Republican presidential candidate Donald Trump came under intense scrutiny Thursday for allegations that he knowingly violated the U.S. embargo on Cuba in the 1990s, a report that could hurt him among Cuban Americans in the crucial state of Florida.

A story published in Newsweek said Trump’s firm spent as much as $68,000 on a “foray” exploring business possibilities in Cuba in 1998, which would be a clear violation of the strict embargo in place at the time.

Trump spokeswoman Kellyanne Conway suggested in a television interview Wednesday that Trump had indeed spent money exploring business ventures in Cuba. But Conway later told The Washington Post that she “did not say he broke the law or violated the embargo.”

Trump himself denied the allegations during an interview in New Hampshire, where he campaigned Thursday, and sought to discredit the reporter who wrote the story.

“I never did business in Cuba. There’s this guy who has a very bad reputation as a reporter. You see what his record is. He wrote something about me in Cuba. No, I never did anything in Cuba. I never did a deal in Cuba,” he told NH1 News. 

President Obama, right, and his Cuban counterpart, Raul Castro, wave to cheering fans as they arrive for a baseball game between the Tampa Bay Rays and the Cuban national baseball team in Havana on March 22, 2016. (Rebecca Blackwell/AP)

The report could become a significant political liability for Trump among Cuban Americans in Florida, a key battleground state in his fight against Democratic rival Hillary Clinton. The two candidates are in a virtual dead heat in the state, according to the RealClearPolitics polling average.

Susan MacManus, a nonpartisan Florida political analyst, said the issue could cause great concern among older Cuban Americans in the state, who are firmly pro-embargo. Those voters have expressed disdain for the Obama administration’s decision to open relations with Cuba.

“The hard-liners in the Cuban community are very high-turnout voters. And they’re shrinking in number,” she said. “Trump just went down there and had a special meeting with these people to try to shore up support with them. And, so, just when Trump was making inroads and assuring that community that he was on their side, then this story comes out.”

Ana Navarro, a Florida-based conservative strategist opposed to Trump, said that “it is never a good thing when voters feel played and find out the candidate they are supporting is a hypocrite on an issue that carries the emotion that Cuba policy does.”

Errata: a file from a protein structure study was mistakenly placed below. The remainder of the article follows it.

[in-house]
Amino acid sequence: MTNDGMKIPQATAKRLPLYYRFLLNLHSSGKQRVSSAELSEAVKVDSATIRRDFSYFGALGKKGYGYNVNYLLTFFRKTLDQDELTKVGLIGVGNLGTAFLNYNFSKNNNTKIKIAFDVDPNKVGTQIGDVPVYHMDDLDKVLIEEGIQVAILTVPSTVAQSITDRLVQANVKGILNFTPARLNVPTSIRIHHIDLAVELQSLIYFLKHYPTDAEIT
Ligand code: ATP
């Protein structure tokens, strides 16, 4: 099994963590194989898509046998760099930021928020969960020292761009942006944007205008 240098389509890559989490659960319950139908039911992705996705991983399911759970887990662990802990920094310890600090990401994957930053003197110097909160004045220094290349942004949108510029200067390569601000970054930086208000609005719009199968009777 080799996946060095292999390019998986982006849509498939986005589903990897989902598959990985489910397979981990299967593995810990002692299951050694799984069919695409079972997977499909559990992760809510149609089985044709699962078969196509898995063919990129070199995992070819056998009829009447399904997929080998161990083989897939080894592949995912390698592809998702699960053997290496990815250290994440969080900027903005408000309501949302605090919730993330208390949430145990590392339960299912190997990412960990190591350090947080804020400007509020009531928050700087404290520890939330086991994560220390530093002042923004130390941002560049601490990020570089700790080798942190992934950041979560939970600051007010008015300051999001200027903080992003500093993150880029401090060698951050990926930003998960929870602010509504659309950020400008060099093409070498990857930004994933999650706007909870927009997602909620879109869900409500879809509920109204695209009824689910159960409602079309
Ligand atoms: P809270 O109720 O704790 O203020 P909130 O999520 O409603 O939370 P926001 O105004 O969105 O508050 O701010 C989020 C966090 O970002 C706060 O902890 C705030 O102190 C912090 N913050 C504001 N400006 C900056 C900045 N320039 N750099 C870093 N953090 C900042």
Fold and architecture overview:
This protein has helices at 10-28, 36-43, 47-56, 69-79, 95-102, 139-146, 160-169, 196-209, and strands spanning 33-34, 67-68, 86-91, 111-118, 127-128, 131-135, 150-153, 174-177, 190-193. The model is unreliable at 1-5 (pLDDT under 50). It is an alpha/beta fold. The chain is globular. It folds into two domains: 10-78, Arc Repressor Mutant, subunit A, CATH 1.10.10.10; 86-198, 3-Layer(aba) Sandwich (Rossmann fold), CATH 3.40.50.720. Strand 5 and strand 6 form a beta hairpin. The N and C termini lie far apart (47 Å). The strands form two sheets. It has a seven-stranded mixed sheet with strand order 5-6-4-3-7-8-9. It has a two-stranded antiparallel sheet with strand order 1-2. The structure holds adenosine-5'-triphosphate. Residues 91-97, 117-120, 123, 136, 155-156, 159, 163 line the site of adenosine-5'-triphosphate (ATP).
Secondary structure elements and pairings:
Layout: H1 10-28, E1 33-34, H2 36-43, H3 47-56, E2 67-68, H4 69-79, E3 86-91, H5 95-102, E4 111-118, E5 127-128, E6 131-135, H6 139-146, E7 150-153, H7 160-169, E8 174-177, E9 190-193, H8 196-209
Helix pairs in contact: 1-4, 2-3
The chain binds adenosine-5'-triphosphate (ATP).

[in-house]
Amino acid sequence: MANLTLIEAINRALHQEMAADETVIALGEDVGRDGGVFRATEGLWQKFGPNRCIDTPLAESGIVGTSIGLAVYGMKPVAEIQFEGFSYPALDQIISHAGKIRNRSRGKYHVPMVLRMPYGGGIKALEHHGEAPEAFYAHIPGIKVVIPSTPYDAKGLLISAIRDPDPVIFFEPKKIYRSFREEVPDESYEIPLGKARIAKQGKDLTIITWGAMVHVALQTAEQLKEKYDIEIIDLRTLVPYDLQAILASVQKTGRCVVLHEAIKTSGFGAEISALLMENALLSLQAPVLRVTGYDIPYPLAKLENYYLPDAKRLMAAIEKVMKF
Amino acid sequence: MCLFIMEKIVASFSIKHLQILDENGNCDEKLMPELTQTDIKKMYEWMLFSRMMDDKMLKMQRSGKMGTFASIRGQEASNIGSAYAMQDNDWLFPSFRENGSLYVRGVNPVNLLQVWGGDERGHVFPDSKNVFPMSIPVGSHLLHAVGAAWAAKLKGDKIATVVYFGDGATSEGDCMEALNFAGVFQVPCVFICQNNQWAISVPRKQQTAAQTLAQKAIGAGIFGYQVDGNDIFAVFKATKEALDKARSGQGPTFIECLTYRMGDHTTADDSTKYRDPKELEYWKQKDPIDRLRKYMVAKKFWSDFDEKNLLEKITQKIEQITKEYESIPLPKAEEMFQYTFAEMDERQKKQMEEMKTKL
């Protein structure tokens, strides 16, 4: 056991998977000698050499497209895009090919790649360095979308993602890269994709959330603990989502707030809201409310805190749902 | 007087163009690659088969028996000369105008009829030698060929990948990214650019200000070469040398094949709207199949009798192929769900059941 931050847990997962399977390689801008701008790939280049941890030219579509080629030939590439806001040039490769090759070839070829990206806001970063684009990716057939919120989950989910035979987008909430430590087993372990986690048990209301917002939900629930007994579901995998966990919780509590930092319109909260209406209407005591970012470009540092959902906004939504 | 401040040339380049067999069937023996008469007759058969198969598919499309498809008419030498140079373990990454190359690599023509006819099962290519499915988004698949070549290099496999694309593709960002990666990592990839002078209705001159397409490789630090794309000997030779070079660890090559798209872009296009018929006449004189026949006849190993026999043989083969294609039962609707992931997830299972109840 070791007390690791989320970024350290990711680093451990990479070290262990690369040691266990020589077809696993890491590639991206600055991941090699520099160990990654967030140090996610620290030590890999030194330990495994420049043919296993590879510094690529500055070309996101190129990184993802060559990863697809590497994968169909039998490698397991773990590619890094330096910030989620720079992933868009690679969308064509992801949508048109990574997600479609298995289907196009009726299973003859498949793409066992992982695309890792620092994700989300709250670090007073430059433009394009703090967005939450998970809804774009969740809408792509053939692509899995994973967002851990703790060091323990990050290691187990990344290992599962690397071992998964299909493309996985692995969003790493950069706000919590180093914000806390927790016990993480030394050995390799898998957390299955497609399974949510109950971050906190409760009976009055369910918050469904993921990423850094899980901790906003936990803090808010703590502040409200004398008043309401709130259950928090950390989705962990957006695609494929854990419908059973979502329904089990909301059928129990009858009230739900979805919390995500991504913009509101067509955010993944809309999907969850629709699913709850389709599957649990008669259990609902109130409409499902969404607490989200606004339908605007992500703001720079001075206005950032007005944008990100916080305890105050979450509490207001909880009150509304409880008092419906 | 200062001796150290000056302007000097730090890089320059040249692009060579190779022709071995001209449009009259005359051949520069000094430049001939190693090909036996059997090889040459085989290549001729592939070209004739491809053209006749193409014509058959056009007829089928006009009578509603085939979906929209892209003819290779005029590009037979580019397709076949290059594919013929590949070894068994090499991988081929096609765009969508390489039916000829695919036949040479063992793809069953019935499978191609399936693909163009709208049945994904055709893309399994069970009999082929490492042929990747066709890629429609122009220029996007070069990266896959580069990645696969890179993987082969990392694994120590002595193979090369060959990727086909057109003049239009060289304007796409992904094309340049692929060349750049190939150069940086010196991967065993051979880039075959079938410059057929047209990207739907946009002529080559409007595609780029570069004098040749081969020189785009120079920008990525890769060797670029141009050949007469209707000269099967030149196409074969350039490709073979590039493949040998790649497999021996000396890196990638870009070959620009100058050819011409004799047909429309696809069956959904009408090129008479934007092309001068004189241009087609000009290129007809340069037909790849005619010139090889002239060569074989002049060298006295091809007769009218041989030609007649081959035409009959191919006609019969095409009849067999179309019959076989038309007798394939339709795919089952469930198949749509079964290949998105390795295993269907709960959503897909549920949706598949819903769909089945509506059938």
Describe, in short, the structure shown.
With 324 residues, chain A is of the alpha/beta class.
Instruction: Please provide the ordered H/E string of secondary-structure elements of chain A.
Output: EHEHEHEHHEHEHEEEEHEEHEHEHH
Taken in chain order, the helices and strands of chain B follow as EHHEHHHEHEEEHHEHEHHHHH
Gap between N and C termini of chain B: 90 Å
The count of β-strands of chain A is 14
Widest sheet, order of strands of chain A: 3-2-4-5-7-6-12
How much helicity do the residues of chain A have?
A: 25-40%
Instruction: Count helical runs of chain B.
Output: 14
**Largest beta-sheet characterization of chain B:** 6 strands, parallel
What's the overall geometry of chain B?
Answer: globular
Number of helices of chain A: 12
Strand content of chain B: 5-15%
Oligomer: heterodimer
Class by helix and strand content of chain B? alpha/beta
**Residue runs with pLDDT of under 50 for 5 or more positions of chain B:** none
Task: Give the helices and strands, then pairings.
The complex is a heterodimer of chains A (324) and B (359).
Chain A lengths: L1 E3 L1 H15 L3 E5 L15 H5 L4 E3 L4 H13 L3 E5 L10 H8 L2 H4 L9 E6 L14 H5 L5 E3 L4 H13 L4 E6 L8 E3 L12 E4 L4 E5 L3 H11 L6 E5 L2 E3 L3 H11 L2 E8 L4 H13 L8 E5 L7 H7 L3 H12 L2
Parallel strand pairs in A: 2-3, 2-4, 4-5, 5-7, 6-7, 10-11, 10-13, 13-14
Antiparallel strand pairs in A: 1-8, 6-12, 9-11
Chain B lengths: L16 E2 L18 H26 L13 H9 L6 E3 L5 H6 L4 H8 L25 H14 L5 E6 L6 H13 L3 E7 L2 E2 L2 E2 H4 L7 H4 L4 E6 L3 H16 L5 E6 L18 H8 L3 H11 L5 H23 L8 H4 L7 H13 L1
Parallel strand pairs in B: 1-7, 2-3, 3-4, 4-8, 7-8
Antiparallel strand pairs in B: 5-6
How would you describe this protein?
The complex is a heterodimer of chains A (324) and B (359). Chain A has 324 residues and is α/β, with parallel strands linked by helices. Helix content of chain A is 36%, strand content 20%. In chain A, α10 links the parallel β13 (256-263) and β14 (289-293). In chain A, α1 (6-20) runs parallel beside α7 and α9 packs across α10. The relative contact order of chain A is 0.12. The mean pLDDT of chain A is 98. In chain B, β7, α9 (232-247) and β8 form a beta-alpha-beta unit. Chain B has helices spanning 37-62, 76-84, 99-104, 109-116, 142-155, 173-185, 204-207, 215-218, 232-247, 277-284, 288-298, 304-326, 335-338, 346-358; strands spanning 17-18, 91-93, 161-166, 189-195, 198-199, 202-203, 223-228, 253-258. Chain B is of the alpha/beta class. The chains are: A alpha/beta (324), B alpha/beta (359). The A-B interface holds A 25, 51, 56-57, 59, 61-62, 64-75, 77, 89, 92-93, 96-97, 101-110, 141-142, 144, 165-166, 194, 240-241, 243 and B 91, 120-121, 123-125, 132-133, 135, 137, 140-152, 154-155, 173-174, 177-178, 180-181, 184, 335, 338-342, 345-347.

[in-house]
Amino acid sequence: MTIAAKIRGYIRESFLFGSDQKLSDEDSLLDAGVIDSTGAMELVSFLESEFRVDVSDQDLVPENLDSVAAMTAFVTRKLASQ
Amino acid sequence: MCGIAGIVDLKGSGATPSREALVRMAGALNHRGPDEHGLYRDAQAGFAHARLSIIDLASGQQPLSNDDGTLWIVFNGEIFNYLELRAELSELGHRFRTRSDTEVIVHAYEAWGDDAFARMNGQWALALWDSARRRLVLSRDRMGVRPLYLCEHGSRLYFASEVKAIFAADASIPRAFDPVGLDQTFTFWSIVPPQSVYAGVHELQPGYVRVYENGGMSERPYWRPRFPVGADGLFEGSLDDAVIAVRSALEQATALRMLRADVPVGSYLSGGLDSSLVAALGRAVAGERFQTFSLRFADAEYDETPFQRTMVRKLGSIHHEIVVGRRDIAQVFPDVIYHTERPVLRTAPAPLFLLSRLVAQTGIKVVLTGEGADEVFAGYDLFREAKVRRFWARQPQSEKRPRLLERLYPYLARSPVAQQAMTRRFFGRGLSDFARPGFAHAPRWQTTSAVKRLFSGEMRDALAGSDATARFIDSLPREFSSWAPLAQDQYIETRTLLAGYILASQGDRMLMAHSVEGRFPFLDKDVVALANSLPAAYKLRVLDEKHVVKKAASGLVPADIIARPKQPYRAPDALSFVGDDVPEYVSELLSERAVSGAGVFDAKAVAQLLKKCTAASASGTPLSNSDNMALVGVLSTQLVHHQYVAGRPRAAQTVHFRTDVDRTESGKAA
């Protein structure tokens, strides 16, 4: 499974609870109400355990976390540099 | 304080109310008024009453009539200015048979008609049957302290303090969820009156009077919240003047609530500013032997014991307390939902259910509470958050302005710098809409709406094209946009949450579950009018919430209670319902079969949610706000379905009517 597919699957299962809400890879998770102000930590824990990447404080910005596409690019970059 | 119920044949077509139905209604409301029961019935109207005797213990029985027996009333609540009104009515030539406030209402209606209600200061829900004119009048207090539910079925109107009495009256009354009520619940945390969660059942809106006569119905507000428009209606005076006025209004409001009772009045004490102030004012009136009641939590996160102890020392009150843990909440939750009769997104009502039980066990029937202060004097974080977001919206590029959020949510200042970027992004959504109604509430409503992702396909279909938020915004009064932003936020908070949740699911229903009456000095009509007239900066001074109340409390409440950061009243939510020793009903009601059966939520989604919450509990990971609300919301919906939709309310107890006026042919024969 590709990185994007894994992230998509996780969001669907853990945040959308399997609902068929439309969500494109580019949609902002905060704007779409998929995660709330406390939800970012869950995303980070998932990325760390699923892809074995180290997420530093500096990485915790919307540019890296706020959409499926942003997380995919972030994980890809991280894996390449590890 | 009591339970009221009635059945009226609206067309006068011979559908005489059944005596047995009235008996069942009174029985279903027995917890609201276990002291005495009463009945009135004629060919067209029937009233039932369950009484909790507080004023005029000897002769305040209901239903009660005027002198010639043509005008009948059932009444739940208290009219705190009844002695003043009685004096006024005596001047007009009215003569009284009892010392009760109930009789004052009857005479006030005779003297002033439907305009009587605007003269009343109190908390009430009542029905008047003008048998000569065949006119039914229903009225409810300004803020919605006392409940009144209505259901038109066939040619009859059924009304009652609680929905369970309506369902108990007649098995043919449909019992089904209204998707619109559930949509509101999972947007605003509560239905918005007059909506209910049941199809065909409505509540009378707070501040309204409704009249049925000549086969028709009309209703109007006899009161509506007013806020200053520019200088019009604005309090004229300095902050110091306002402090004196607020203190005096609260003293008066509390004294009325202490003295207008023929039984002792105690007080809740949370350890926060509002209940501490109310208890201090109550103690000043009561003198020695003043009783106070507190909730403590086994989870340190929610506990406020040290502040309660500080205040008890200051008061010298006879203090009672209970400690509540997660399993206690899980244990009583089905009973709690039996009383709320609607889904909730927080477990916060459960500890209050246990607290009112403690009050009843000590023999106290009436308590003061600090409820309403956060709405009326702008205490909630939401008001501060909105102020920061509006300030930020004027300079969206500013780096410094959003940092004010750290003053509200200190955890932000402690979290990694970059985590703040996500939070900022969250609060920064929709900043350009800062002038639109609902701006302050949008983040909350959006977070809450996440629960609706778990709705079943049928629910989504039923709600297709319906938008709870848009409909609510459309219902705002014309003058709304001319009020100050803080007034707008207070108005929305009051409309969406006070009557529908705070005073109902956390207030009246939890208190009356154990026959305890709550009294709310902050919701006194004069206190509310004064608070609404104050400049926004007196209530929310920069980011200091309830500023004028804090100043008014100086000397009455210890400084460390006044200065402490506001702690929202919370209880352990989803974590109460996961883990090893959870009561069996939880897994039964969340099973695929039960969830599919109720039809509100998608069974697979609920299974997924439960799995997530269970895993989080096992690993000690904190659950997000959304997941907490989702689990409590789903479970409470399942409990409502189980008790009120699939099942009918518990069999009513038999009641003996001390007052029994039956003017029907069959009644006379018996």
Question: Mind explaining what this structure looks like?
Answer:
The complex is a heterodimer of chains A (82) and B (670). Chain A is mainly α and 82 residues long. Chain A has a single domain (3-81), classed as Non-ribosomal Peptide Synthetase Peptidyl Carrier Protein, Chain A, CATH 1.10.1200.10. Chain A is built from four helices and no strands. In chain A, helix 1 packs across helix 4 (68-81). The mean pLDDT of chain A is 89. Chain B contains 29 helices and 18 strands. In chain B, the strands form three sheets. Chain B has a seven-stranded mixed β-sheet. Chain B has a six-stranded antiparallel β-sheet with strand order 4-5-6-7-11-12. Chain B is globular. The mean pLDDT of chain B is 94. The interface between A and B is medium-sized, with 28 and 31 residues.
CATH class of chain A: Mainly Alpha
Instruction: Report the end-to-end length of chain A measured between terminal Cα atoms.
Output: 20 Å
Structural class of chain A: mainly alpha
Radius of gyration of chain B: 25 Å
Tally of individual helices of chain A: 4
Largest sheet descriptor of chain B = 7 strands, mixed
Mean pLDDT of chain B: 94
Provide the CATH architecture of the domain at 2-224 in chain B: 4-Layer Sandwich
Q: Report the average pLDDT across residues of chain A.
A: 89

Sen. Marco Rubio (R-Fla.), a former primary challenger of Trump’s who is running for reelection in November, urged the Trump campaign to address questions about the case but said he would not comment further until more information is known.

“The article makes some very serious and troubling allegations. I will reserve judgment until we know all the facts and Donald has been given the opportunity to respond,” Rubio said in a statement.

According to Newsweek, the fees associated with a business trip to the island by Trump representatives were paid by Trump Hotels and Casino Resorts through a consulting firm called Seven Arrows Investment and Development. The consulting firm later said the trip had been taken on behalf of a Catholic charity.

Trump blasted President Obama for a “one-sided deal for Cuba” this month during a campaign event in Florida. He said the move to normalize relations would benefit the Castro regime. He has vowed to reverse Obama’s efforts to open U.S.-Cuba relations if he is elected president, “unless the Castro regime meets our demands — not my demands, our demands.”

Clinton told reporters aboard her plane that Trump’s business exploration in Cuba “appears to violate U.S. law, certainly flout American foreign policy, and he has consistently misled people in responding to questions about whether he was attempting to do business in Cuba.”

“This adds to the long list of actions and statements that raise doubts about his temperament and qualification to be president,” she added.

Conway, during a tense appearance on ABC’s “The View,” appeared to say that Trump had spent money in Cuba but emphasized that “he decided not to invest there.”

“I think they paid money, as I understand from the story, in 1998 — and we’re not supposed to talk about years ago when it comes to the Clintons,” Conway said amid cross-talk.

“So the question is: Did he spend money? He’s very critical of Cuba, he’s very critical of Castro, he’s been critical of Cuba,” she said. “He gave a speech the very next year to the Cuban American National Foundation in Miami critical of those who want to do business with Castro.”

In that 1999 speech, Trump denounced the Castro regime.

“I’ve had a lot of offers and sadly it’s all been very recently to go into Cuba on deals, business deals, real estate and other deals. And I’ve rejected them on the basis that I will go when Cuba is free,” Trump said at the time, according to a video of his remarks. “Putting money and investing money in Cuba right now doesn’t go to the people of Cuba. It goes into the pockets of Fidel Castro. He’s a murderer, he’s a killer, he’s a bad guy in every respect.”

Conway said several times Thursday that Trump did not ultimately invest money on the island and sought to focus attention on foreign donations to Bill and Hillary Clinton’s family foundation.

“But again, we’re talking about, did his hotel invest money in 1998 in Cuba? No. Did she get money from seven foreign governments while she was secretary of state? Yes.”

Sean Sullivan, Ed O’Keefe and Anne Gearan contributed to this report.